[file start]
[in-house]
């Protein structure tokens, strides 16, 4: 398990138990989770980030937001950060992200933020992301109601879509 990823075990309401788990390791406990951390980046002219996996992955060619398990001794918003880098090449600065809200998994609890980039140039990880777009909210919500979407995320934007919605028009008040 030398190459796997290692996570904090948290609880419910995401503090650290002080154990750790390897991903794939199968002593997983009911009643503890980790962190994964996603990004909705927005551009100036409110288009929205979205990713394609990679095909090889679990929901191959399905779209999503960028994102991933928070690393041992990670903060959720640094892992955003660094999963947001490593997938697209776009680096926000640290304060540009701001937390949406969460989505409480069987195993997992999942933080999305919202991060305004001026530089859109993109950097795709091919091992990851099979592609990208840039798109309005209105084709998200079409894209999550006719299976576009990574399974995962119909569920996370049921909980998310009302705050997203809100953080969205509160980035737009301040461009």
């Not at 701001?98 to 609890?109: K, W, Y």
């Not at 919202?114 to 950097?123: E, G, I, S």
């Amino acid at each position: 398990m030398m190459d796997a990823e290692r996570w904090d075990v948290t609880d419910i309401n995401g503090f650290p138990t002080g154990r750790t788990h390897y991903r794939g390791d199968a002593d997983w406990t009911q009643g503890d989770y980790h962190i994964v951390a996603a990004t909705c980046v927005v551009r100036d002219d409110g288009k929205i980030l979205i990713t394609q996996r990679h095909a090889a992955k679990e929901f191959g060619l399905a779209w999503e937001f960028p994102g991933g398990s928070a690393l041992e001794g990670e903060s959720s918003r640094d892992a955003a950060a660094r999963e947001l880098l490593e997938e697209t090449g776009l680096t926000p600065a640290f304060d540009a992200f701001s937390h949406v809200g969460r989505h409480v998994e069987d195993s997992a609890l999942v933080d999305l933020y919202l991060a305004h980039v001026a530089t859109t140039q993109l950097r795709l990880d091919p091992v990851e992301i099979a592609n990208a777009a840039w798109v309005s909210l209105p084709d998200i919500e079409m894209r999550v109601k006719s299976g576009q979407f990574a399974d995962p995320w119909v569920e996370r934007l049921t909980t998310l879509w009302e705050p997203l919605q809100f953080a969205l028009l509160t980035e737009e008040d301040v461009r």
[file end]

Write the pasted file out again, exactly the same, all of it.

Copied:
[in-house]
């Protein structure tokens, strides 16, 4: 398990138990989770980030937001950060992200933020992301109601879509 990823075990309401788990390791406990951390980046002219996996992955060619398990001794918003880098090449600065809200998994609890980039140039990880777009909210919500979407995320934007919605028009008040 030398190459796997290692996570904090948290609880419910995401503090650290002080154990750790390897991903794939199968002593997983009911009643503890980790962190994964996603990004909705927005551009100036409110288009929205979205990713394609990679095909090889679990929901191959399905779209999503960028994102991933928070690393041992990670903060959720640094892992955003660094999963947001490593997938697209776009680096926000640290304060540009701001937390949406969460989505409480069987195993997992999942933080999305919202991060305004001026530089859109993109950097795709091919091992990851099979592609990208840039798109309005209105084709998200079409894209999550006719299976576009990574399974995962119909569920996370049921909980998310009302705050997203809100953080969205509160980035737009301040461009």
């Not at 701001?98 to 609890?109: K, W, Y």
């Not at 919202?114 to 950097?123: E, G, I, S």
């Amino acid at each position: 398990m030398m190459d796997a990823e290692r996570w904090d075990v948290t609880d419910i309401n995401g503090f650290p138990t002080g154990r750790t788990h390897y991903r794939g390791d199968a002593d997983w406990t009911q009643g503890d989770y980790h962190i994964v951390a996603a990004t909705c980046v927005v551009r100036d002219d409110g288009k929205i980030l979205i990713t394609q996996r990679h095909a090889a992955k679990e929901f191959g060619l399905a779209w999503e937001f960028p994102g991933g398990s928070a690393l041992e001794g990670e903060s959720s918003r640094d892992a955003a950060a660094r999963e947001l880098l490593e997938e697209t090449g776009l680096t926000p600065a640290f304060d540009a992200f701001s937390h949406v809200g969460r989505h409480v998994e069987d195993s997992a609890l999942v933080d999305l933020y919202l991060a305004h980039v001026a530089t859109t140039q993109l950097r795709l990880d091919p091992v990851e992301i099979a592609n990208a777009a840039w798109v309005s909210l209105p084709d998200i919500e079409m894209r999550v109601k006719s299976g576009q979407f990574a399974d995962p995320w119909v569920e996370r934007l049921t909980t998310l879509w009302e705050p997203l919605q809100f953080a969205l028009l509160t980035e737009e008040d301040v461009r």